Chromecraft? Build With Chrome!

I’ve always said that Minecraft is like digital LEGO® that you can save and share with friends. Sure Minecraft is increasingly fun to play and actually ‘collect’ the bricks, but at it’s core it’s a lot like LEGO®.

The problem with Minecraft is that we don’t all share the same map. Some servers try to accommodate everyone, but I don’t think there’s any way that a single map could support everyone playing on it. This means that you could build something incredible, like Castle Black from Game of Thrones, that nobody ever comes across. Bummer.

Enter the new Build With Chrome website from Google and LEGO®! That’s right! My favourite browser mixed with my favourite game!

Right now the ‘world map’ is limited to Australia and New Zealand, but each tile of the map becomes ‘owned’ by the first person to build on it, so they will have to make the map bigger soon!

I gave it a go and started to get used to the controls pretty quick, but really found some polish lacking, at least on my work PC which isn’t rigged up for 3D graphics.
Build with Lego

What’s this got to do with SEO opportunities? Well web presence is all about putting your company on-line, and when the whole world map is available to build on, you can guess what’s going to be built on our square? :)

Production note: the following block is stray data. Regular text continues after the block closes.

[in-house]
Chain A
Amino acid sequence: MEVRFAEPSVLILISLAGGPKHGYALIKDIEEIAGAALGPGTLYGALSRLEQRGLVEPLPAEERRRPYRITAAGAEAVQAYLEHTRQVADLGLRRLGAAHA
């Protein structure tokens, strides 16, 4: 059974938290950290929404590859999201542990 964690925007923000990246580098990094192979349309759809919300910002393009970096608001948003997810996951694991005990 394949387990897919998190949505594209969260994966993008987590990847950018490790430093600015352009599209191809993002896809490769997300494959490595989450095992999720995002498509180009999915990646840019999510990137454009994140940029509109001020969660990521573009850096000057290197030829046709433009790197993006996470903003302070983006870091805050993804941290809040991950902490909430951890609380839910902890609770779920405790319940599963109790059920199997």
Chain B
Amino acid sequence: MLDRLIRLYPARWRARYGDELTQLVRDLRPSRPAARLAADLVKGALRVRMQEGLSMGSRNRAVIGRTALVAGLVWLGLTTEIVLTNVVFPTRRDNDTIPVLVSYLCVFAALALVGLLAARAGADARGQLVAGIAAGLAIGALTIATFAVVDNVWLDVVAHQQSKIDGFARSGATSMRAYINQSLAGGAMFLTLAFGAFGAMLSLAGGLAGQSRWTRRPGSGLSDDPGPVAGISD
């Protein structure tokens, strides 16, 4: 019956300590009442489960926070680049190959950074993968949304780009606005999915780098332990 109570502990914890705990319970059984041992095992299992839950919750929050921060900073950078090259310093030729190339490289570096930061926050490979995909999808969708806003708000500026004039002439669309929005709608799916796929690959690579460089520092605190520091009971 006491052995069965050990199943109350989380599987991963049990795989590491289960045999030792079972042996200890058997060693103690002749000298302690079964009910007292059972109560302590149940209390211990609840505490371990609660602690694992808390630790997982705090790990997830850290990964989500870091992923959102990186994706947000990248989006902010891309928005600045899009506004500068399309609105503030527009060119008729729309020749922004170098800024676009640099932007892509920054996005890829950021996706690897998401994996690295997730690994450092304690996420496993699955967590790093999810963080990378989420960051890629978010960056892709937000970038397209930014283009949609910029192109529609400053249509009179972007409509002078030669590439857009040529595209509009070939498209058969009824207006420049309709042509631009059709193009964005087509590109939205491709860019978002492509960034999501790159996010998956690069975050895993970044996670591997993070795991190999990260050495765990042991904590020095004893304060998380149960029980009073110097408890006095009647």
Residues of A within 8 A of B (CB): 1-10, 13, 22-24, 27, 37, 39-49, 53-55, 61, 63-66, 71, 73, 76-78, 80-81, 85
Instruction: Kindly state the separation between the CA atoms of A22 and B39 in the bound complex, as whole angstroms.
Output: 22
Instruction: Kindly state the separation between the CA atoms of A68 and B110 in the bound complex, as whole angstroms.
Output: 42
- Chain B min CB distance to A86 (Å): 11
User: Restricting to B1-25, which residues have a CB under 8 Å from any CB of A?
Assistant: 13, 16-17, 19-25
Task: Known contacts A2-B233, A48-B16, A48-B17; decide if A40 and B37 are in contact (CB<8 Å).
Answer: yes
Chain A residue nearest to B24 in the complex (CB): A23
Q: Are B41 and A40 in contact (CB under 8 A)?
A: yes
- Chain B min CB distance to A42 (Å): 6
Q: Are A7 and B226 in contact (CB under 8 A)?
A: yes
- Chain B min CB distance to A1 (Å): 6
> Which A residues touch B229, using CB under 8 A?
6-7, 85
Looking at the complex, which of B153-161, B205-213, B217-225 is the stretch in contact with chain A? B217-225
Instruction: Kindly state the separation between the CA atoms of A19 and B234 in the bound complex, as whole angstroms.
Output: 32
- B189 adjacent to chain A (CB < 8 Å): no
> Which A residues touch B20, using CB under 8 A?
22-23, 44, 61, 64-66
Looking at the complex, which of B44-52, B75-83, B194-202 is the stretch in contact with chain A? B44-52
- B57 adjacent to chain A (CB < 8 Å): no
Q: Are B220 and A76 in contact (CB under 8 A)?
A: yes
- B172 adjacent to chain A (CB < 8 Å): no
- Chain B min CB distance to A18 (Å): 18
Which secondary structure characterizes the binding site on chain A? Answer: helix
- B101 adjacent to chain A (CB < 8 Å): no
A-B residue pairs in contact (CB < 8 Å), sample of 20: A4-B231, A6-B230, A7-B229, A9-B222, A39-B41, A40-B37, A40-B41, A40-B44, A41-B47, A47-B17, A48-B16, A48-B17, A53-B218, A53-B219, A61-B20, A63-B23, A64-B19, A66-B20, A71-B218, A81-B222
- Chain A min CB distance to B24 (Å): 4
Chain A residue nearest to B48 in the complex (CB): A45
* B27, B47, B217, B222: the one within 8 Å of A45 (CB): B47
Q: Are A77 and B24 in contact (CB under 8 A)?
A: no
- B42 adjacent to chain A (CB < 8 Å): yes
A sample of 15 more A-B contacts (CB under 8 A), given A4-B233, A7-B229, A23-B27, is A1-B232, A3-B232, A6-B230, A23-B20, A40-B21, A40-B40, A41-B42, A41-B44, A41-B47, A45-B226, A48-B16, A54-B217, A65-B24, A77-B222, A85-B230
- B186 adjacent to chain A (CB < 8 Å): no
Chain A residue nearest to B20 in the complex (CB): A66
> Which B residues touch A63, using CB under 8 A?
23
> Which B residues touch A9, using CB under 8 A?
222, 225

Already this morning there’s a land rush and the tiles are all getting claimed. So if you wanted to plant your flag in Australia, you better hurry up before all the shrimp are gone from the BBQ.

Heck you can just sit back and watch as people’s published ‘builds’ are approved and start popping up on the map. Really neat work from Google!

As the name suggests, it’s a lot of HTML5 web content that’s been designed to work well with Chrome. So far I’ve tried it on Opera and Firefox with errors both times, leaving me to suggest that ‘buildwithchrome.com’ is a ‘chrome only’ site for now. :)

Other news..

Yep it’s been a bit slow on our blog lately, but there’s lots of buzz from Google IO, and the latest services like Google Now that we’ll be talking about very soon!

I’ve also been working behind the scenes on the programming posts so if you enjoyed our last one there’s more to come and they all touch on SEO implementation so there will be something for everyone.

SEO news blog post by @ 10:26 am on July 3, 2012


 

It’s all coming up Google?

When it’s my turn to tackle the SEO news for our blog I first look specifically at ‘technology’ news headlines for relevance, and then I usually filter it out a bit to nail a topic that our readers can relate to/find useful.